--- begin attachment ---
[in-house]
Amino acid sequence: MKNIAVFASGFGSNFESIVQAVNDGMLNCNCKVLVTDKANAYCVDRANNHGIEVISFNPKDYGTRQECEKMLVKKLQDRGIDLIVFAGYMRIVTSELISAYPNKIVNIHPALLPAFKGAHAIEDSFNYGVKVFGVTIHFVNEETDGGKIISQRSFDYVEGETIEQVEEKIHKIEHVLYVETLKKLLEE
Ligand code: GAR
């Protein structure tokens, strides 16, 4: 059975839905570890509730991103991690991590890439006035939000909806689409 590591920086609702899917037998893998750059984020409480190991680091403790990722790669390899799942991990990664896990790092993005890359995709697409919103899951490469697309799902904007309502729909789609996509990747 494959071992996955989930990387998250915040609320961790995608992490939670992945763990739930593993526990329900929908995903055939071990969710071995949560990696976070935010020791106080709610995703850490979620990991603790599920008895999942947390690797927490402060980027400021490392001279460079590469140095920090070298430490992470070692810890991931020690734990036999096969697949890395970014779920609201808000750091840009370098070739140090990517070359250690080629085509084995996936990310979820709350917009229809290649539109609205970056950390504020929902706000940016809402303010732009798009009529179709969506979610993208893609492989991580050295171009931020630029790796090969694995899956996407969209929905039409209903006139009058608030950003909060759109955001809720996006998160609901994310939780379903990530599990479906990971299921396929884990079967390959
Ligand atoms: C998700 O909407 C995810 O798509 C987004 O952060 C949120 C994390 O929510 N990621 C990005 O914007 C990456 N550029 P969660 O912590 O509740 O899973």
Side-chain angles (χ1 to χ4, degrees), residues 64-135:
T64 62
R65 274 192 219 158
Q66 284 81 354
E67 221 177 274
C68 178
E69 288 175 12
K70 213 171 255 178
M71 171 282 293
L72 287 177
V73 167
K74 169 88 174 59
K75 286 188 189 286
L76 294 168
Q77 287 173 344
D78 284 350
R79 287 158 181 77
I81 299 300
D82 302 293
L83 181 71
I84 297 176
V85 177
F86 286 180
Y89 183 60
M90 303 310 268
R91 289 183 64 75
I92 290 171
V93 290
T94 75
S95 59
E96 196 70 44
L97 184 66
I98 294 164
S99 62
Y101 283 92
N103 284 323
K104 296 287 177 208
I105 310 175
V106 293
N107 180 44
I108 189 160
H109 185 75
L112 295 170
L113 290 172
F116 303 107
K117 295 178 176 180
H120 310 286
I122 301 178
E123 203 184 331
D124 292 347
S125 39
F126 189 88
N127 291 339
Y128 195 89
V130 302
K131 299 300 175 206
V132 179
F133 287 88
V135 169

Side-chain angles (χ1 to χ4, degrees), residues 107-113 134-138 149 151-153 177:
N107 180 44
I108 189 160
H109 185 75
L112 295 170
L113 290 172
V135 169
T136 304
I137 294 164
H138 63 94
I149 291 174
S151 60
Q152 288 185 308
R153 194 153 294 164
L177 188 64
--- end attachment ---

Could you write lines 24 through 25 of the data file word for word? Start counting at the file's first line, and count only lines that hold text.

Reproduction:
D82 302 293
L83 181 71